Fox Can Get $608 Million Offer to Shift WWOR Airwaves, FCC Says

  • Agency publishes initial prices to be offered to TV stations
  • Spectrum then will be sold to meet growing smartphone demand

The U.S. set a $608 million opening bid for Twenty-First Century Fox Inc. to move WWOR-TV in New York to different airwaves to make room for smartphones, regulators said Friday.

The price appeared in a 47-page list of offers for TV-station airwaves nationwide as the Federal Communications Commission prepares for a two-stage auction next year. In the sale, scheduled to begin March 29, the FCC will buy airwaves from TV stations willing to move to other frequencies or go off the air.

WWOR would fetch an opening bid of $810 million to go off the air, an amount ranking among the largest on the FCC’s list. Opening bids are less for stations in smaller cities.

Fox has said it intends to sell TV-station airwaves and continue to broadcast but on other frequencies. If WWOR shifts airwaves it could get an initial offer -- which is likely to drop -- of $608 million or $324 million, depending on which swath of frequencies it chooses as its future home, according to the FCC. Nathaniel Brown, a Fox spokesman, didn’t immediately return a telephone call Friday.

The frequencies will be sold at auction to bidders who are expected to include wireless carriers such as AT&T Inc., Verizon Communications Inc. and T-Mobile US Inc.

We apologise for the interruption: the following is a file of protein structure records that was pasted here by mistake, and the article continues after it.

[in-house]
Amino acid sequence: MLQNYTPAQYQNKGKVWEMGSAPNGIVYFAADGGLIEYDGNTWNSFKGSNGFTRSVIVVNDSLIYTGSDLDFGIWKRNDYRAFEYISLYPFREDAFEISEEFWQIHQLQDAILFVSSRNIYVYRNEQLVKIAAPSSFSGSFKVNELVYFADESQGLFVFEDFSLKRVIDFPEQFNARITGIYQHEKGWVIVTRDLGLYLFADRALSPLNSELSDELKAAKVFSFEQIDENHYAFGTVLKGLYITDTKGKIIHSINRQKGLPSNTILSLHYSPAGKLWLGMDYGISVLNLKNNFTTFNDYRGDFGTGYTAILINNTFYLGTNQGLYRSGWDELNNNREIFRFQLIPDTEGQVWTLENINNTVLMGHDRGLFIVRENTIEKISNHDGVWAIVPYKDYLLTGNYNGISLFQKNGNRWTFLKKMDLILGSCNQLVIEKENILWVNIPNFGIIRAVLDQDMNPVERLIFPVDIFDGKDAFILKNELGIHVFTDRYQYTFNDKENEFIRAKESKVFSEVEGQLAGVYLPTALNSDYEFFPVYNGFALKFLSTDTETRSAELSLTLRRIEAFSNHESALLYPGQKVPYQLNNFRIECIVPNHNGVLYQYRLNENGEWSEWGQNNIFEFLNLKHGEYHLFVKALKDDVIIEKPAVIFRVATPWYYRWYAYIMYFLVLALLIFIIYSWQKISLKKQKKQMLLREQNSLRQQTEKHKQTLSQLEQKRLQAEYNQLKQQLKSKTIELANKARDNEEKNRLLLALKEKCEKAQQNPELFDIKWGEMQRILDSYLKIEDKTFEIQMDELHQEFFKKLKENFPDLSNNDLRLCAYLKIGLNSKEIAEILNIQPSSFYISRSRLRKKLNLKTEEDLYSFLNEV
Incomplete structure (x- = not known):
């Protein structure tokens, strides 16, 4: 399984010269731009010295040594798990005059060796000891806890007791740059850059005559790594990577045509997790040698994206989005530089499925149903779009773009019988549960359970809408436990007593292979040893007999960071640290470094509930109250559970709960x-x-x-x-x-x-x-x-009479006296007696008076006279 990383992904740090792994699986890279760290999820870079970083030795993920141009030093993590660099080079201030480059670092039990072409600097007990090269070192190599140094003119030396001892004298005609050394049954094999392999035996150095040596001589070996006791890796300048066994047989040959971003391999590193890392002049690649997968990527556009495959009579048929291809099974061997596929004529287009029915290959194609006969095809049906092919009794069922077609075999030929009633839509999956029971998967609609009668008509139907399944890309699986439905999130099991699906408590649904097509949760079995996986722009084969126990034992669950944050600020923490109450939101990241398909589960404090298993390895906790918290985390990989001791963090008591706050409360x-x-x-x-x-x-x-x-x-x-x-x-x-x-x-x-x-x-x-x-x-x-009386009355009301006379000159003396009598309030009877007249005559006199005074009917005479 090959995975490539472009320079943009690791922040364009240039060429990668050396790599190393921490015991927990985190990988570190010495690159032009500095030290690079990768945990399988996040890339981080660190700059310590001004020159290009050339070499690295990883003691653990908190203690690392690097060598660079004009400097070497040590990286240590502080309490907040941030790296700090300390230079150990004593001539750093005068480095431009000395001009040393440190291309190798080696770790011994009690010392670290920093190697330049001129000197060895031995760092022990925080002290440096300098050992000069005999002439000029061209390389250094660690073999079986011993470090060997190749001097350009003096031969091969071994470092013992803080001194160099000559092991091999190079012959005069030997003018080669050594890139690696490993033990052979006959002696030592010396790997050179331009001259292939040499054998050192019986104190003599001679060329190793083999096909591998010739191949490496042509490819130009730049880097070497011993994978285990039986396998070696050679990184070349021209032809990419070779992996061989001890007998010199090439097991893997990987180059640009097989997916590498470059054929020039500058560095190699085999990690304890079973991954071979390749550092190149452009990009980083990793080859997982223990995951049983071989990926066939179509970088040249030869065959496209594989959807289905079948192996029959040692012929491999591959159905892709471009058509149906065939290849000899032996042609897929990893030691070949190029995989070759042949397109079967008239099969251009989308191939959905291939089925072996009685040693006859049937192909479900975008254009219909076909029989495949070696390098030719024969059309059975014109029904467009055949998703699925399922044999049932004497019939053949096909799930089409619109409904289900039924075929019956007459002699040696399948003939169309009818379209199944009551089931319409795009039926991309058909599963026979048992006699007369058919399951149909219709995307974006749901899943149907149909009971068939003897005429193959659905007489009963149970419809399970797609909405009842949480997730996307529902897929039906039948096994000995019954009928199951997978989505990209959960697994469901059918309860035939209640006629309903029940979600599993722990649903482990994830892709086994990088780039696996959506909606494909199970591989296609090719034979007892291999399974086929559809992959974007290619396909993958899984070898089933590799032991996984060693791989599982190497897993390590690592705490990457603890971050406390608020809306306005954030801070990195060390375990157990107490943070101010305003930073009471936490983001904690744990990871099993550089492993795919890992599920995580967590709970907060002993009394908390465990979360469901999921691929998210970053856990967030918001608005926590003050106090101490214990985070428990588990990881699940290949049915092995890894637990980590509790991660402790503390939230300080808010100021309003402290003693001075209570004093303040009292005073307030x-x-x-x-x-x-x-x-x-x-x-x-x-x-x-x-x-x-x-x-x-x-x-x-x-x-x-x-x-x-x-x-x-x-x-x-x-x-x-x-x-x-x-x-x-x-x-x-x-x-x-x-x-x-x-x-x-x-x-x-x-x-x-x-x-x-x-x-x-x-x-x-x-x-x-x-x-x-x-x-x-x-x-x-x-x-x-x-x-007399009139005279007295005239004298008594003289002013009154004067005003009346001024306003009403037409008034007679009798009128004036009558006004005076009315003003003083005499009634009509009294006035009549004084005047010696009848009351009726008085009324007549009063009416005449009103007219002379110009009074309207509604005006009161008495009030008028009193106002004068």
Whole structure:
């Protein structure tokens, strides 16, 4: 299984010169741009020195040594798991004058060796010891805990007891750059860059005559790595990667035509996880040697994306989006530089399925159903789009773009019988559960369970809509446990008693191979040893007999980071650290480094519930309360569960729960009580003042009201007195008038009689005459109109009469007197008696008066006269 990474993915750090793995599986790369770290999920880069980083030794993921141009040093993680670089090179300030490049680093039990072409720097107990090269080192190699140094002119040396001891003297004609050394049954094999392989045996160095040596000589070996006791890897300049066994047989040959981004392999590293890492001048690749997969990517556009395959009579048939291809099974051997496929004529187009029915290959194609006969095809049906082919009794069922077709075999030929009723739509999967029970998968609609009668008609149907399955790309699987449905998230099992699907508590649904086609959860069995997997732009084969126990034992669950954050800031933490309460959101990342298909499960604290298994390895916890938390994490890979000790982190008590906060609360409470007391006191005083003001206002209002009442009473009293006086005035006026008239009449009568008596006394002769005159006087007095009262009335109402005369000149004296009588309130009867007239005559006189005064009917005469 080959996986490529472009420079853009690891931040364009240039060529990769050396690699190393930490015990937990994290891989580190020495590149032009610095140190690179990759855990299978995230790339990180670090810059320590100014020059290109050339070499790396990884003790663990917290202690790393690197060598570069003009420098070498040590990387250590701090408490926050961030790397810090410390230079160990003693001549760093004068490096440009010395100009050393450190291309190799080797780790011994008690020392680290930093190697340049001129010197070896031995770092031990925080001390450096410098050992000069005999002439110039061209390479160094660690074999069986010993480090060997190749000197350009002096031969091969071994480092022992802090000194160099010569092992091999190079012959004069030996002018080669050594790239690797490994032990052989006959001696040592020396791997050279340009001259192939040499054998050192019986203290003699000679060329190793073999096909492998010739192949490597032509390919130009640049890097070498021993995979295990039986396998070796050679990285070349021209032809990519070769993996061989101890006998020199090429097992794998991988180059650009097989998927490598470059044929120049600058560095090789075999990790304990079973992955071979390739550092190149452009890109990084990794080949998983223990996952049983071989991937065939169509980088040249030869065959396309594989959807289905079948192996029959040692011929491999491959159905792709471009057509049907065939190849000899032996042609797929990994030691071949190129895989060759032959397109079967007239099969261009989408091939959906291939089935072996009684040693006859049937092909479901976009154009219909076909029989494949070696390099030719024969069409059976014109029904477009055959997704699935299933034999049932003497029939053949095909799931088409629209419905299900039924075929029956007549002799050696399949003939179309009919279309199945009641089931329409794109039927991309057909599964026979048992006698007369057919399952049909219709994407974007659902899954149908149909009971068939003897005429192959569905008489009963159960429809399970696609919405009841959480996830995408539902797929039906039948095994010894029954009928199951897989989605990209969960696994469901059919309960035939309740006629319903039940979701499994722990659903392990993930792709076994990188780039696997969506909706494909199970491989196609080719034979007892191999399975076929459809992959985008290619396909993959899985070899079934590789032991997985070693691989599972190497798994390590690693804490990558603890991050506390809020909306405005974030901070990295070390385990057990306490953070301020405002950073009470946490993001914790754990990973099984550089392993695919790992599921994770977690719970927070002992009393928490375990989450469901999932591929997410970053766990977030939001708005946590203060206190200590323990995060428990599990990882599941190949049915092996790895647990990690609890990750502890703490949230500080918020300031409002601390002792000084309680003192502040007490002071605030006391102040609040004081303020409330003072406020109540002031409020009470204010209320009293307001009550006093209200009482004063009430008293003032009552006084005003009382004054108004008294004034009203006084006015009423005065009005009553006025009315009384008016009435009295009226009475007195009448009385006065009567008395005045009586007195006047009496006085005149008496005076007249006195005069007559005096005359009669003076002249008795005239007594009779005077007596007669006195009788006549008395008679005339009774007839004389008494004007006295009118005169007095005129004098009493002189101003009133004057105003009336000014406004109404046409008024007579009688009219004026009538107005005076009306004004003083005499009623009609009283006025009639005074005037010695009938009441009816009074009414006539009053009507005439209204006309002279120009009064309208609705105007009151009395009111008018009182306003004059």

Broadcasters in most cases will be paid less than the opening bid in the so-called reverse auction because the offering price falls in each round of bidding. The price continues to drop until the number of willing sellers is winnowed to a number needed to clear the amount of airwaves the FCC decides it needs.

Broadcasters are free not to take part in the auction.

CBS Corp.’s WCBS-TV in New York was the priciest station on the FCC’s list, with an opening bid price of $900 million. The company that owns 27 televisions isn’t looking to sell airwaves of its 13 CBS stations and is “taking a very careful look” at offering frequencies from some other stations, Chief Executive Officer Leslie Moonves told investors last month. Dana McClintock, a CBS spokesman, declined to comment Friday as did Dennis Wharton, a spokesman for the National Association of Broadcasters trade group.

“It’s a once-in-a lifetime opportunity for broadcasters to receive a very large cash payment and continue to be able to operate their business,” said FCC Chairman Tom Wheeler.

TV station owners are to apply by Dec. 18 to take part. Companies intending to bid for airwaves need to notify the FCC in January.

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